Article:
The science involves creating a formula that won't taint the client's unfragranced base in terms of viscosity or color, for instance. The art part is "like creating music," Lesenko said.

That is, you have to hit all the right notes, of which there are many. Whether you're going for a fresh lemony scent or a sultry blend, there may be a thousand ingredients that go into a fragrance.

A perfumer usually tests up to 100 formulas before arriving at the final submission for a client, who is also receiving submissions from rival fragrance houses. So the competition to win business is intense.

The field is small. There are only about 300 members of the American Society of Perfumers and likely no more than 1,000 official perfumers worldwide.

A low headcount has helped keep the price for top talent high, said Steve Herman, a chemist in the fragrance industry who teaches in a graduate cosmetic science program.

A junior perfumer may start out making $60,000, Lesenko said, but perfumers who come up with formulas for hit fragrances can easily command six figures.

Getting into the field usually requires a bachelor's degree in chemistry and time spent working as a lab technician at a fragrance house. But there are some perfumers who don't have college degrees, Herman noted.

Once you prove you have a keen sense of smell, you may serve as apprentice to a senior perfumer for five years, or the company may send you to perfumery school, Lesenko said.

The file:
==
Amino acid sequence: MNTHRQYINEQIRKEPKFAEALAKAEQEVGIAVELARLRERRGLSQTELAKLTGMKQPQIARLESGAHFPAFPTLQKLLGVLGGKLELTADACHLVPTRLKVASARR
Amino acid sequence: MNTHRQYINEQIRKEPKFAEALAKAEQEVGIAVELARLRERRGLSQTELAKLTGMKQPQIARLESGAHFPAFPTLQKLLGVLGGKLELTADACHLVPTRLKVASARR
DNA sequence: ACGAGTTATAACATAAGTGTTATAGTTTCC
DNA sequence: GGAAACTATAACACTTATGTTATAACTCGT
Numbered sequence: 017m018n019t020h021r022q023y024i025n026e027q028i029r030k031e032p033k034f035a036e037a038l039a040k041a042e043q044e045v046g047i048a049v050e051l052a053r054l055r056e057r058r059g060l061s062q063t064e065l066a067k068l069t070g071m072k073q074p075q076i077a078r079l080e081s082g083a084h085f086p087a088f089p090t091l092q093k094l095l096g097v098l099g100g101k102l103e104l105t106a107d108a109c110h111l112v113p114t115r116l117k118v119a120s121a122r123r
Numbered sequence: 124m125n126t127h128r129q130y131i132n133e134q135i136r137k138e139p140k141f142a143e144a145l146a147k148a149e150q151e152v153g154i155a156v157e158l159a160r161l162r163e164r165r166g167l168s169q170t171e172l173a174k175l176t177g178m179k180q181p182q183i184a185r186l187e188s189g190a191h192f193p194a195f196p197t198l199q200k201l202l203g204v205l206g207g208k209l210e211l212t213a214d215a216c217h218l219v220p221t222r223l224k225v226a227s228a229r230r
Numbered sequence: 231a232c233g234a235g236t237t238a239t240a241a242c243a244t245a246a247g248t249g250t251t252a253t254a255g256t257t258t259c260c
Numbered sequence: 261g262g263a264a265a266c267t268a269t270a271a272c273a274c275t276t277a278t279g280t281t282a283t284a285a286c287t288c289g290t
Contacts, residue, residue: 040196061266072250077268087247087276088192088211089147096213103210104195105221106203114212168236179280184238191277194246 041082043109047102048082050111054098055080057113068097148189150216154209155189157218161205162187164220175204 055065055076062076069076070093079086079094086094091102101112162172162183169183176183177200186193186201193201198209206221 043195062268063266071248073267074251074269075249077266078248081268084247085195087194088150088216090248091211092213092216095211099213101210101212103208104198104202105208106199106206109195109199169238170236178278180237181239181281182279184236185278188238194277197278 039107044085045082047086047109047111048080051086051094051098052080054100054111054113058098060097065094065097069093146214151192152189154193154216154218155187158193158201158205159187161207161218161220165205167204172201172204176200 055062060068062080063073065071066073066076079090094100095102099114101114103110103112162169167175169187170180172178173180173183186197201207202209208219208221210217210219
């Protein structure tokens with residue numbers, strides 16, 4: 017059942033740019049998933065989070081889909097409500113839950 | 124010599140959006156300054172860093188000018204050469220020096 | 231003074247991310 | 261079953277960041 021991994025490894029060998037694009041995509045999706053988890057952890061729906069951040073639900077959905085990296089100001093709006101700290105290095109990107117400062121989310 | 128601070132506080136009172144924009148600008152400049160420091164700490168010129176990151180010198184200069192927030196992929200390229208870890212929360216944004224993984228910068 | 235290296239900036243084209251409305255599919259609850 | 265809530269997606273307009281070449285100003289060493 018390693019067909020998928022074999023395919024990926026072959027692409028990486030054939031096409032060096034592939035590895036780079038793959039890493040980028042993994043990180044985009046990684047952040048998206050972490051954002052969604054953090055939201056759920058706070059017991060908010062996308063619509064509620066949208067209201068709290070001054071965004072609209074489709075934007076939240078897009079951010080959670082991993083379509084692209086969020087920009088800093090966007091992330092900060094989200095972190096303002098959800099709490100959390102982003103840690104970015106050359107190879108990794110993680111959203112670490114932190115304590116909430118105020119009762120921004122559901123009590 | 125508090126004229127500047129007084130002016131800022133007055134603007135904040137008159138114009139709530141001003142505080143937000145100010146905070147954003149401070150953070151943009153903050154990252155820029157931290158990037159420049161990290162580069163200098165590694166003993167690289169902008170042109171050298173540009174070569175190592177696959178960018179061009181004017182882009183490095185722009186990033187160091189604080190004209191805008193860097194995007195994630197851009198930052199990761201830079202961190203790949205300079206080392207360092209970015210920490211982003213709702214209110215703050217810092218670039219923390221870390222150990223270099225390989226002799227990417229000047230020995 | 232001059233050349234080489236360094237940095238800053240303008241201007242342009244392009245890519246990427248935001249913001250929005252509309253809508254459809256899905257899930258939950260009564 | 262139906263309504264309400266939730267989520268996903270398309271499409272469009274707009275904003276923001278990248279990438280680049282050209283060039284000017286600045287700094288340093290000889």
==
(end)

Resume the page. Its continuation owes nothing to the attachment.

Perfusionist: An ability to handle high levels of stress is characteristic of good perfusionists. That's because people's lives literally depend on their doing their best work.

Working closely with surgeons and anesthesiologists, perfusionists operate heart-lung machines that serve as life-support systems for patients during vital-organ transplants, open-heart surgeries and other critical-care events.

The machines they use support or temporarily replace the patient's circulatory or respiratory functions.

Perfusionists can work freelance, but many work full-time for hospitals or doctors' practices. Like other medical personnel, they are on-call regularly and hours can be long.

While they're not required to go to medical school, perfusionists need formal training. They must complete an accredited training program, which takes two years on average, said George Cate, executive director of the American Society of Extra-Corporeal Technology.

A typical starting salary after graduation might be $55,000 to $60,000, although salaries may be higher in high-cost areas, Cate said.

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Once perfusionists get enough clinical experience working on at least 50 cases -- they are eligible to take a two-part certification exam administered by the American Board of Cardiovascular Perfusion (ABCP).

Certification is not mandatory, but the majority of perfusionists are certified. "Today's employers won't be interested unless someone is at least eligible to take certification," Cate said.

As for perfusionists who earn six figures, "there are many who do," Cate said. But those most likely to do so live in high-cost areas or have worked in the field for at least 10 years.  Top of page